Music City Roots hosted by Jim Lauderdale feat. Yarn, Adam Pope, Darin and Brooke Aldridge, John Cowan & Benjy DavisPop/Rock
Since their start in 2007, Yarn’s original Americana sound has developed into music that seekers of the unique see as the soundtrack to their lives. Yarn’s first four albums were recognized by the AMA’s and R&R radio charts, spending time in the top 5 at their highest point. Yarn has become one of the hardest-working and harder-touring bands for this generation’s digital natives and new music folllowers.
2012 brings this grammy-nominated roots band into the music revolution, inspired by today’s music devotee’s hunger for artists to believe in and follow, they are giving it to the fans everyday in everyway possible. Yarn’s devotion to their fans is realized in online and social sharing of their music, whether it’s daily video posts, premiering fresh songs on local radio, or performing live in small town venues across the country. They are bringing songs to American music lovers, and the music lovers are responding.
Yarn’s devoted followers, affectionately called the “Yarmy”, answered the band’s request for aid when they funded their new record through Kickstarter. Raising in excess of $5000 of the $15,000 needed, the “Yarmy” proved their allegiance to Yarn and their music being heard in 2012.
The fans have spoken, and on March 20th, Yarn releases their new album, Almost Home, produced by the multi-Grammy winning, Bil VornDick, who has worked with Alison Krauss, Ralph Stanley, Bob Dylan and many others. VornDick came across a Yarn performance at “Music City Roots”, Nashville’s progessive live music show that showcases some of the best of the Americana music scene. Although they didn’t come together that night, VornDick and his wife heard Yarn on a Virginia radio live remote a few days later as they were traveling. VornDick decided it must be a sign and the rest is Yarn history.
Yarn’s mojo continues to provide as they will be making their first appearance at SXSW in the New Frontier Showcase, and traveling in the “On the Fly” RV, courtesy of their 2012 sponsorship with Firefly Vodka. “It seems every good connection leads to another,” says Christiana, “our fan following has really put us in a place to get noticed and we want to repay them for the huge faith in us.” Yarn’s good karma keeps building, being in the right place at the right time. They were recently featured on CNN’s Out Front, during a cover story on Firefly Distilleries. The band just happened to be in town and their music made a believer out of CNN host, Erin Burnett, who, (as she sings along with the band), proclaims, “They are playing good music and living the American dream. We think Yarn is going to make it big!”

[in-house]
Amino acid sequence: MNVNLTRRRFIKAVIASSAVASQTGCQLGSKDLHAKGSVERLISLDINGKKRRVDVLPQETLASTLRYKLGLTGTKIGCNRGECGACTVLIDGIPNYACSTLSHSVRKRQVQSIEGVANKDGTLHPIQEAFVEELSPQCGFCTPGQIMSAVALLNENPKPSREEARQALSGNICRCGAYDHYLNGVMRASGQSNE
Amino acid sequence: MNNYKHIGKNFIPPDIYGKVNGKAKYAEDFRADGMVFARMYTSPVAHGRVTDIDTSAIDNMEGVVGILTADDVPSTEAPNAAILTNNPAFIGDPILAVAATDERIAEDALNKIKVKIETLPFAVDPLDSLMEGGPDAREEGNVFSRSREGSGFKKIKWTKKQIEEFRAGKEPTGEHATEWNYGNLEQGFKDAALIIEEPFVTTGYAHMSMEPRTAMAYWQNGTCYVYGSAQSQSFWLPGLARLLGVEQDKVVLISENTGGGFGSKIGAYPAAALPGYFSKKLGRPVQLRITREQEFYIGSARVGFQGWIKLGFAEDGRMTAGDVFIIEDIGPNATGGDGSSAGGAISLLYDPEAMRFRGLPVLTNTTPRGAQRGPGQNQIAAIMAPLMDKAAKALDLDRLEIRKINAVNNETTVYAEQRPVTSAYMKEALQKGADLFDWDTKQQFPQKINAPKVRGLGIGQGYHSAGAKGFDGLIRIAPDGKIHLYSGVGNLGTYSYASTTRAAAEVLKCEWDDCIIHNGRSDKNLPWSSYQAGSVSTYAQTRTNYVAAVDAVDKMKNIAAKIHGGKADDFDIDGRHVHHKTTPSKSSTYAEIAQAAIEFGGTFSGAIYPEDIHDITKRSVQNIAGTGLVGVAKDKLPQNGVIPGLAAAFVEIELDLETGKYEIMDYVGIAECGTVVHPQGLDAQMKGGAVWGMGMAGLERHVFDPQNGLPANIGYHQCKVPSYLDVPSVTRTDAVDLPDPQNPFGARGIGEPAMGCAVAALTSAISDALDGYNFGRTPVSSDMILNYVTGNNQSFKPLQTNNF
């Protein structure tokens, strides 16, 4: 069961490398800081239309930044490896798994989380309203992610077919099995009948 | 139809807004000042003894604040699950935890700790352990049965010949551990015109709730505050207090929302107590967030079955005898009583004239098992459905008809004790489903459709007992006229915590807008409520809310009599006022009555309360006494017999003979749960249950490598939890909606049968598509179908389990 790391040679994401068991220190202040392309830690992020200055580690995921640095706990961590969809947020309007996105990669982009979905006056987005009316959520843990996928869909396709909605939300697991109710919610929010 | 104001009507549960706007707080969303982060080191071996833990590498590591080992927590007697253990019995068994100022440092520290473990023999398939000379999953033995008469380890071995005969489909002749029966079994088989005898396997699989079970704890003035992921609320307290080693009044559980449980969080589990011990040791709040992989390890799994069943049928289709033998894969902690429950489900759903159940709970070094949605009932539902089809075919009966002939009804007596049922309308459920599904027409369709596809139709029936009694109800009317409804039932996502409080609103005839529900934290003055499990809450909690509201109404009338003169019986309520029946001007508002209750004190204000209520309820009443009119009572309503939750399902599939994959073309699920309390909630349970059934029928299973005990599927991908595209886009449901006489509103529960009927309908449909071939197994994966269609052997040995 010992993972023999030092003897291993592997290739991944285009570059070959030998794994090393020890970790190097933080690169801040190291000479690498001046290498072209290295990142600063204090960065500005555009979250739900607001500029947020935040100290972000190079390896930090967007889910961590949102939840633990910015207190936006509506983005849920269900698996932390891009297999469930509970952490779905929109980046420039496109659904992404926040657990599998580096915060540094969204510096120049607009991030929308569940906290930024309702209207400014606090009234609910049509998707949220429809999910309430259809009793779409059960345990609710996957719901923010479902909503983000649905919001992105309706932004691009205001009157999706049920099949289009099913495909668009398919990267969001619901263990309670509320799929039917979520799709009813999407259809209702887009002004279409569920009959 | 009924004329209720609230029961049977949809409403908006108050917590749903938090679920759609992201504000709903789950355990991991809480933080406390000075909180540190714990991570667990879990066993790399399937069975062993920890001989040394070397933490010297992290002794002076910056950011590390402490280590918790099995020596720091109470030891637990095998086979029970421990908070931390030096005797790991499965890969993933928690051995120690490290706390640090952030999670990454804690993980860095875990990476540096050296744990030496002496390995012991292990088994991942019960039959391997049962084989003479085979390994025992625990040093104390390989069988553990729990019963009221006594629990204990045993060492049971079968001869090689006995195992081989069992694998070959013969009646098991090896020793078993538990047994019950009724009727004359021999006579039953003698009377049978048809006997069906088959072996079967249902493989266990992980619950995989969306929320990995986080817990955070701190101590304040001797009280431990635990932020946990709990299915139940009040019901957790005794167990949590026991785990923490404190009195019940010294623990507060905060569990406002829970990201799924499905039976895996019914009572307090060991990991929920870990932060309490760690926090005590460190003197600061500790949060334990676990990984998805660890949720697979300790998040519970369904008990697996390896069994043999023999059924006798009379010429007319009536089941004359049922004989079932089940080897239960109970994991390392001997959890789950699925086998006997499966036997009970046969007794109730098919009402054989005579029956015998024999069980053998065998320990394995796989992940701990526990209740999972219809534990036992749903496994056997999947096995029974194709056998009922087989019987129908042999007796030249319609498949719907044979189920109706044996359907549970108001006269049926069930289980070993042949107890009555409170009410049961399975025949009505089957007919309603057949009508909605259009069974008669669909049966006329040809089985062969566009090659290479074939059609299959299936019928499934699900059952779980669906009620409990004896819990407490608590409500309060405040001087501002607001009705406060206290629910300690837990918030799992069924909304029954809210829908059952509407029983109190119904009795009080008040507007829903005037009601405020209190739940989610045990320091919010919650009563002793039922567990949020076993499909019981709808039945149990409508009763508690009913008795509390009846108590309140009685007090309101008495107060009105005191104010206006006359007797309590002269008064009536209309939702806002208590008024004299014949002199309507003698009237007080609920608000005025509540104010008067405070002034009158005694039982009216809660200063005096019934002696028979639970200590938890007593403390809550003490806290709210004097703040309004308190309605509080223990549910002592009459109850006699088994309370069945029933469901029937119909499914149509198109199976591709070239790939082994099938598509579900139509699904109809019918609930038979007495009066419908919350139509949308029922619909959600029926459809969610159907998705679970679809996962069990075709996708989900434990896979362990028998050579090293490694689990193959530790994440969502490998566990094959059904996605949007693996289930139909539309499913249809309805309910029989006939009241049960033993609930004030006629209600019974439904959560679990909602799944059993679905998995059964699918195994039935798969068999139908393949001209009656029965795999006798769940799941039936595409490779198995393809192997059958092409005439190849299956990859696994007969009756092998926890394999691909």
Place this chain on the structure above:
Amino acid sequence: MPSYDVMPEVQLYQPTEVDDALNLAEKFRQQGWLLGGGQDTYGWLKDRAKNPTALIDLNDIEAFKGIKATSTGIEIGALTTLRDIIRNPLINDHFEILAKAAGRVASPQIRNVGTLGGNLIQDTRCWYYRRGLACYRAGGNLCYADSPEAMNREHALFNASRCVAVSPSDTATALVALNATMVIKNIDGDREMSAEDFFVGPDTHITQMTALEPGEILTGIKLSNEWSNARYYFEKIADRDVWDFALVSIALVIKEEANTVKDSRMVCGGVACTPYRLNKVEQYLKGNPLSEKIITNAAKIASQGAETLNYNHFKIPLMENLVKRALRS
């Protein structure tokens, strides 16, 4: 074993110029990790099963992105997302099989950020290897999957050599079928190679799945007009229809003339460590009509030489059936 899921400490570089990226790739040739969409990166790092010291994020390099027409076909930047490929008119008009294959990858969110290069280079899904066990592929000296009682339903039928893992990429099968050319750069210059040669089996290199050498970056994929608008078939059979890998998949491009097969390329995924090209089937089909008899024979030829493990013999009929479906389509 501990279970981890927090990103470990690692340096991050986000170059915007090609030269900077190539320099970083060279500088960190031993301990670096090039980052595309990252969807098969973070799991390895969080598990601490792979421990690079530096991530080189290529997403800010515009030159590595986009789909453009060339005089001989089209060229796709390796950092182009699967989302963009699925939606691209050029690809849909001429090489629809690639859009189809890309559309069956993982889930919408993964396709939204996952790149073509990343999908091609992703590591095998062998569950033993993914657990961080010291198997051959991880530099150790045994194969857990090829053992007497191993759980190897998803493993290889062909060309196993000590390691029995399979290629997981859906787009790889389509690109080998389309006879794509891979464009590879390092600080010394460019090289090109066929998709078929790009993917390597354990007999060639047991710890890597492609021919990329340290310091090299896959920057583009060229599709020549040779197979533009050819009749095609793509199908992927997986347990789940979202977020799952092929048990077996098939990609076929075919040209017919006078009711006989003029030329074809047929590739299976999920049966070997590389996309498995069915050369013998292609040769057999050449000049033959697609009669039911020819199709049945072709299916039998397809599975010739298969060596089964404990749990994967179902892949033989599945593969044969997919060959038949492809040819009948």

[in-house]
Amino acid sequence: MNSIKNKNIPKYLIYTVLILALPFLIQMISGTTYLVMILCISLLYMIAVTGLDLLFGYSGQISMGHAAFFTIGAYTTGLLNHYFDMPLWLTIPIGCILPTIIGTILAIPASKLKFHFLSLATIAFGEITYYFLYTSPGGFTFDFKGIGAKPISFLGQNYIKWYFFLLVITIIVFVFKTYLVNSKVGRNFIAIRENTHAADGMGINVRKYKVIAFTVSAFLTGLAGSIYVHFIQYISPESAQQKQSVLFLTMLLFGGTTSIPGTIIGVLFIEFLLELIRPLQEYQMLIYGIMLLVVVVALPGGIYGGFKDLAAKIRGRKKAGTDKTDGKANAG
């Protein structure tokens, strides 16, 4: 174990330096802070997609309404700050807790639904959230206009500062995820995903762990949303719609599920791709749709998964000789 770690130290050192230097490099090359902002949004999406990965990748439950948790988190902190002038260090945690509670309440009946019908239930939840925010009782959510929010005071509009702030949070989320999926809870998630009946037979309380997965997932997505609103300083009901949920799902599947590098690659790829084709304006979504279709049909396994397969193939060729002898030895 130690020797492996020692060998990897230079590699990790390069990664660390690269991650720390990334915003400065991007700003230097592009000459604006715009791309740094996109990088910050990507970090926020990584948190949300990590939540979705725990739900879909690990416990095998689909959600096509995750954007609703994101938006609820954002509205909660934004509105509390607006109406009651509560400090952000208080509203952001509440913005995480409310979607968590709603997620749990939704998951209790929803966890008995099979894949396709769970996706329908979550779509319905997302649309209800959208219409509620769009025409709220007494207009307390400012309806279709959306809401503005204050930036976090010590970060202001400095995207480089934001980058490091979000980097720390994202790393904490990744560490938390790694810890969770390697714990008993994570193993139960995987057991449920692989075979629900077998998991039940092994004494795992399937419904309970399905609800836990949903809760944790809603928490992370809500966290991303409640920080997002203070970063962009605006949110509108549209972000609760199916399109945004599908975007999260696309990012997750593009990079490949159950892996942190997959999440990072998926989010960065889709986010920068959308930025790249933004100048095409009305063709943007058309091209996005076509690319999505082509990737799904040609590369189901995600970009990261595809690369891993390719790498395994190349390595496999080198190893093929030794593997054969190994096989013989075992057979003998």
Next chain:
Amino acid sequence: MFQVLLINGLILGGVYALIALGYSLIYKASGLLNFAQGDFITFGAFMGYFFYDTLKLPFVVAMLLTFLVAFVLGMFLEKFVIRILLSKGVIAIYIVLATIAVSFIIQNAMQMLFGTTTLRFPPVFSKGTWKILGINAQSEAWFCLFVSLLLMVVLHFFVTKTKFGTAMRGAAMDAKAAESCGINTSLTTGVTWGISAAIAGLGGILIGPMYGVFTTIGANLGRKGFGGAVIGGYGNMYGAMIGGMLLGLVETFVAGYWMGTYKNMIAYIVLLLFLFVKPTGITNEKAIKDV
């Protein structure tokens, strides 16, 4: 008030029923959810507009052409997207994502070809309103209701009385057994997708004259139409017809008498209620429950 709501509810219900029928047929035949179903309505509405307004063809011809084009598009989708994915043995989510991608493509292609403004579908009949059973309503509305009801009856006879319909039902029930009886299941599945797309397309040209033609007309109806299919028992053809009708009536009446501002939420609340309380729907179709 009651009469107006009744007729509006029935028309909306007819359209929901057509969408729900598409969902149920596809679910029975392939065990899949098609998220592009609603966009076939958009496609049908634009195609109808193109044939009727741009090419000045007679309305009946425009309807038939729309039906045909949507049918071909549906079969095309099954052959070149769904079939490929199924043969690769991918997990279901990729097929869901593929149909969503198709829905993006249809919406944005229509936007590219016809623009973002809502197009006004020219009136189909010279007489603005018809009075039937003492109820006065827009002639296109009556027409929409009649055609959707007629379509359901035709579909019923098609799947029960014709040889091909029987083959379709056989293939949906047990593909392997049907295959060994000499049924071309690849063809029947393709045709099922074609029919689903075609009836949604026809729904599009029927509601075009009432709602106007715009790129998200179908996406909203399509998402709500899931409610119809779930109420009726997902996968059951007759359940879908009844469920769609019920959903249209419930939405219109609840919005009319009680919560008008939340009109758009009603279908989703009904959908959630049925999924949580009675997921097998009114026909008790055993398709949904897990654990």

Yarn is led by singer/songwriter and cult-master, Blake Christiana, who carries the torch for the fan-following that will transport Yarn into the promised land. “Our fans are like family. We are so grateful to people that love music and will help support us in creating it. It’s just remarkable,” Christiana says. “That’s half of my love of the road; we’ve got what feels like family in tons of cities across America.”
Yarn’s devoted “family” has them following in the fine tradition of The Grateful Dead and Widespread Panic, whose fans will go to any length to see them live, and this year Yarn’s fans will see them plenty. Their rigorous tour schedule has them out on the road for more than 150 dates per year since 2007 and they are not slowing down.